Absolutely. There’s no reason it should take six months to decide on a loan. The future will see businesses operating like a stock market with standardised protocols, making debt transactions seamless and much faster.

Helen Femi Williams 15:36

Can I ask another question not on the list? You mentioned regulation and standardisation. How does this impact Finley, and do you think Finley is leading this change?

Jeremy 16:09

There’s an active push to decentralise lending, making it more costly for banks and inviting more non-bank lenders. This trend will continue, similar to how VC firms have proliferated. Finley aims to create a platform where borrowers and lenders can interact seamlessly, reducing switching costs and friction. Our vision is a unified platform where all requirements are met, making debt transactions as simple as buying stocks.

Helen Femi Williams 18:59

That makes a lot of sense. Do you find this the most exciting aspect of debt management or fintech in general?

Jeremy 19:08

Yes, the early stage of this space is exciting. At Goldman, we used outdated Excel templates for transactions. Today, there’s more receptivity from finance professionals and existing fintech infrastructure. This progress is why Finley couldn't have existed five years ago.

Helen Femi Williams 19:50

I used to work in trade credit, so I understand the manual processes involved. Small businesses especially struggle with cash flow and implementing large systems. Reflecting on your career, can you share an "aha" moment or a challenging time you overcame?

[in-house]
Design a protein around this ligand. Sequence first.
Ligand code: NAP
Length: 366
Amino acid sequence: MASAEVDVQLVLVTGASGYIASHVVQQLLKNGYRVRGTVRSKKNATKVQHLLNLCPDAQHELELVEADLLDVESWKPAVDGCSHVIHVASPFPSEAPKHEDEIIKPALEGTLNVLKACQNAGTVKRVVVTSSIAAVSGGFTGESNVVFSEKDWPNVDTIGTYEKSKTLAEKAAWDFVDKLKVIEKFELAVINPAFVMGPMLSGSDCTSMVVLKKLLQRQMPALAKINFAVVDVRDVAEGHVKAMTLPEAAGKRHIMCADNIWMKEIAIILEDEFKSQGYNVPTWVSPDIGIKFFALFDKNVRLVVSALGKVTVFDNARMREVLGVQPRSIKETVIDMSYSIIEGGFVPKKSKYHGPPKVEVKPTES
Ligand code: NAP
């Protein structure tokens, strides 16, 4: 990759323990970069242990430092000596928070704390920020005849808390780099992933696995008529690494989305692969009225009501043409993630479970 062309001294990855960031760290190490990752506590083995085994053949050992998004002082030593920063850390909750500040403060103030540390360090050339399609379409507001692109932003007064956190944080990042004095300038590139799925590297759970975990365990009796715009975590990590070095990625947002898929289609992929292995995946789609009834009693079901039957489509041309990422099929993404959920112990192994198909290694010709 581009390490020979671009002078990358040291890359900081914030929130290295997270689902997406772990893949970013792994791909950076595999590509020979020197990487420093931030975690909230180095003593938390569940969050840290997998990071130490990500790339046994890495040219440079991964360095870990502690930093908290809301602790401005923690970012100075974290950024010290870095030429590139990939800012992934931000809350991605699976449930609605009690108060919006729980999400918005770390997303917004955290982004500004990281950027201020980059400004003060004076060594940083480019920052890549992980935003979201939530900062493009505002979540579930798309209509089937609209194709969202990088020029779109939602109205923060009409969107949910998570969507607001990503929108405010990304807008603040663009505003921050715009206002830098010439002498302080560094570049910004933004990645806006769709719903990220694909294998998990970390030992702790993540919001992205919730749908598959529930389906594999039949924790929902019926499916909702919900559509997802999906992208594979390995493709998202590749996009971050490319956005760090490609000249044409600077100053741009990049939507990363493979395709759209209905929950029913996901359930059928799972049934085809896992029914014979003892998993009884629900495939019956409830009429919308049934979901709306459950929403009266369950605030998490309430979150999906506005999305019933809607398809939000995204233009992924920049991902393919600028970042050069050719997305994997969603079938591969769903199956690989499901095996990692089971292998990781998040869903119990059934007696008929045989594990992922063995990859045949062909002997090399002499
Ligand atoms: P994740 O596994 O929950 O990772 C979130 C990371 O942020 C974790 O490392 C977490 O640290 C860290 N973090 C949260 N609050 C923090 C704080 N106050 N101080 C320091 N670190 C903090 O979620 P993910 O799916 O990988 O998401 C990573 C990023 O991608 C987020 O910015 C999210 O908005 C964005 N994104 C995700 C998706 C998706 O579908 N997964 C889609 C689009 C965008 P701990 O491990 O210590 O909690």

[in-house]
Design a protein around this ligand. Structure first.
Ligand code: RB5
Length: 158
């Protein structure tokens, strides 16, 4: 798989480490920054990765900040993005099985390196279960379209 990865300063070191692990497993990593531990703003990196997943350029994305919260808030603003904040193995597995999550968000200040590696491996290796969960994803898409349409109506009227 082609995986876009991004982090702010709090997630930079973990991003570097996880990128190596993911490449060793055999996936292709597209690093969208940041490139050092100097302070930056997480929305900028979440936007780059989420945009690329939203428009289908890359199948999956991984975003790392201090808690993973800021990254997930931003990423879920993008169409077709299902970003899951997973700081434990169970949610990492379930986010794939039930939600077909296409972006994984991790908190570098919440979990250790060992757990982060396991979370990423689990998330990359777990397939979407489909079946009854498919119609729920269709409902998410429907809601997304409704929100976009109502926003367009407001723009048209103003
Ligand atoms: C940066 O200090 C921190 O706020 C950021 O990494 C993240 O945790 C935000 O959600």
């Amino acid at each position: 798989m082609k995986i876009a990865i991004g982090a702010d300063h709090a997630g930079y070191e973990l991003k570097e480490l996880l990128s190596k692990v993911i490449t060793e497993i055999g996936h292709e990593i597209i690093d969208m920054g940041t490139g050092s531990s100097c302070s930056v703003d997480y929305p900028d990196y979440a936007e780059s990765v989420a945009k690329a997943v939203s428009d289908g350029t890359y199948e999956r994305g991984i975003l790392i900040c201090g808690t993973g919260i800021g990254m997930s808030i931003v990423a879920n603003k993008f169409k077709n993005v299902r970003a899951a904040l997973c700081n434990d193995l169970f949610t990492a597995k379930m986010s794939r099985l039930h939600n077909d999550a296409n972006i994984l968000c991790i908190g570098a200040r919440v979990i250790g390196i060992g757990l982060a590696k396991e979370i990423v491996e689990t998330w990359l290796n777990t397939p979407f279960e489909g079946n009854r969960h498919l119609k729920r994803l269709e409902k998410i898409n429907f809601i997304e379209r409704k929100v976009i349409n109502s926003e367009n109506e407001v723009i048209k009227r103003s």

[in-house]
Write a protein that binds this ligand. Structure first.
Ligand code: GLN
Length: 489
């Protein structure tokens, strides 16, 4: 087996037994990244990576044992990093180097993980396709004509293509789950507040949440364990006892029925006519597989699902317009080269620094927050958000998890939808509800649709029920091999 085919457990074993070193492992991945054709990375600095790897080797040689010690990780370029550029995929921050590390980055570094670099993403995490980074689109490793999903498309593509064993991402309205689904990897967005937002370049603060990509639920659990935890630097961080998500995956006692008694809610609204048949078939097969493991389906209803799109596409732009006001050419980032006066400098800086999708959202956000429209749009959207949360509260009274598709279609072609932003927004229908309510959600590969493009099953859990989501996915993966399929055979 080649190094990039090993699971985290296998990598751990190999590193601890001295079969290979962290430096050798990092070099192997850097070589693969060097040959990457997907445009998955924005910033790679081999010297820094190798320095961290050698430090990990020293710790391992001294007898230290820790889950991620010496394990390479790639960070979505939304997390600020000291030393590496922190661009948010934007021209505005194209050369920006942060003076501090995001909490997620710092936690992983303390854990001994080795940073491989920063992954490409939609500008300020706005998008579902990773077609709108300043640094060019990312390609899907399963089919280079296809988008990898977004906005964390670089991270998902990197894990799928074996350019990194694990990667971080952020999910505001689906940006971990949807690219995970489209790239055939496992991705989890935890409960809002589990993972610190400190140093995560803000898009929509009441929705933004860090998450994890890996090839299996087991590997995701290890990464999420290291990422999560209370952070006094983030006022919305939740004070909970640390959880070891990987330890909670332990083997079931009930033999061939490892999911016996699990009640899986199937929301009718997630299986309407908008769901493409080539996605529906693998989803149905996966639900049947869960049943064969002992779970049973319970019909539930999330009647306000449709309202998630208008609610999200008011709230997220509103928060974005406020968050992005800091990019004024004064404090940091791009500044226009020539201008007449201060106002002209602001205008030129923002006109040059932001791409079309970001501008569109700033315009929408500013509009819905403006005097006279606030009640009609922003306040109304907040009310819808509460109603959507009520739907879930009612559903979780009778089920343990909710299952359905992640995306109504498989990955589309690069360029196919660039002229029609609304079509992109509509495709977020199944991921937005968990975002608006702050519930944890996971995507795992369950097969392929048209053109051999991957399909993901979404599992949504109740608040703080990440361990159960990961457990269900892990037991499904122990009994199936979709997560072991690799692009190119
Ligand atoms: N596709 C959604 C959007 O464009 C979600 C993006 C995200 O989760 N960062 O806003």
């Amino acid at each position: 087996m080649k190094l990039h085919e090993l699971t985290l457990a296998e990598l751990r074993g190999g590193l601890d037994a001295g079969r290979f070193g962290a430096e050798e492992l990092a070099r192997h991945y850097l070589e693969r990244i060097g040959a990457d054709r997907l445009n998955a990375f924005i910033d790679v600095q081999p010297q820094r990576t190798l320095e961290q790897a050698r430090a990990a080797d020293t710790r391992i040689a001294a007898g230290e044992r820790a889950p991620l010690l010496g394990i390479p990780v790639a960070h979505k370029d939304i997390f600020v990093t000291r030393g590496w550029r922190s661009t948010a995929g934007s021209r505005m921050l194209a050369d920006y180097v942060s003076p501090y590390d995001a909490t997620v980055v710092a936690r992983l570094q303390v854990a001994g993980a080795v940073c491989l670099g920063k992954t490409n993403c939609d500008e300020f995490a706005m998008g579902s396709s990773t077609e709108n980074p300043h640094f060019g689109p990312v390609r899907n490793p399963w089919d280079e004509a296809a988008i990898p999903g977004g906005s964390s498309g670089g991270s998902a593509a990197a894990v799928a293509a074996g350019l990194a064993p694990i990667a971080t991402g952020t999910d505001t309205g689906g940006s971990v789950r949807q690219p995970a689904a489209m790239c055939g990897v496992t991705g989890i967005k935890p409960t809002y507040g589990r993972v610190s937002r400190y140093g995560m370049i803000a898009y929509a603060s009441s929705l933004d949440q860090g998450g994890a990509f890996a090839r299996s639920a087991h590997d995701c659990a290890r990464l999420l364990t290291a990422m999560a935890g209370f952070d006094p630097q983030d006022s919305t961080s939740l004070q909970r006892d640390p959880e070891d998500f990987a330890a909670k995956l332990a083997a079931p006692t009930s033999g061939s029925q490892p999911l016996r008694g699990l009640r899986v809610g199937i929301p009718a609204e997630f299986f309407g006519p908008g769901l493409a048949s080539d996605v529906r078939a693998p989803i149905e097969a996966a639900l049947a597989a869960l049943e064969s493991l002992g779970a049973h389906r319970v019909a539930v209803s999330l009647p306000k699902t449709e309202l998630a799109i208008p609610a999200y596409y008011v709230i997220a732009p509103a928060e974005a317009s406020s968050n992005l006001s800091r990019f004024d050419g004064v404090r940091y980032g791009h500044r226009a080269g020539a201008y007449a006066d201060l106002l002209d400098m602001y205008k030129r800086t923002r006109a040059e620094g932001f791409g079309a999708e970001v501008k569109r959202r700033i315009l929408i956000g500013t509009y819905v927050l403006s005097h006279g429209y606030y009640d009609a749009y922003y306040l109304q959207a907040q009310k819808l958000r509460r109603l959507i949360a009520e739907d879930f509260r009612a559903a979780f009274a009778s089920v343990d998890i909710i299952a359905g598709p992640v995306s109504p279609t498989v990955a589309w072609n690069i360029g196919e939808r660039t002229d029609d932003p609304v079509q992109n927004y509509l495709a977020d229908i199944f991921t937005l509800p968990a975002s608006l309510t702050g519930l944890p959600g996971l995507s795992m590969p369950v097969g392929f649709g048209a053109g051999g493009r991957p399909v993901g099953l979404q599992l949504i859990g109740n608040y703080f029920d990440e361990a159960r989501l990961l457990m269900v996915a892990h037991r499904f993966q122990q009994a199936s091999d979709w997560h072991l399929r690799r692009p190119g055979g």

Jeremy 21:53

One "aha" moment was realising we needed to bridge the gap for investors unfamiliar with our space. We compared our work to equity management, showing how our platform could streamline processes just like Carta for debt.

Helen Femi Williams 23:44

That’s awesome. When you're close to a problem, you understand its nuances. Have you had any bizarre moments while pitching to investors?

Jeremy 24:23

In early meetings, some VCs didn’t believe companies took out debt, thinking only venture capital was valid. We had to step back and educate them on the types of funding available and the challenges we faced.

Helen Femi Williams 25:38

I have one last question. What should we ask the next guest on the show?

Jeremy 25:48

I’d love to hear what small miracles enabled their company to succeed. Startups are a series of miracles, from meeting the right investor to having a supportive family. I’m curious about the pivotal moments for other founders.

Helen Femi Williams 26:59

Great question. It’s important to acknowledge those who understand and support us along the way. Thank you so much, Jeremy, for coming on the show. It’s been a great conversation.

Jeremy 27:35

Thanks for having me, Helen.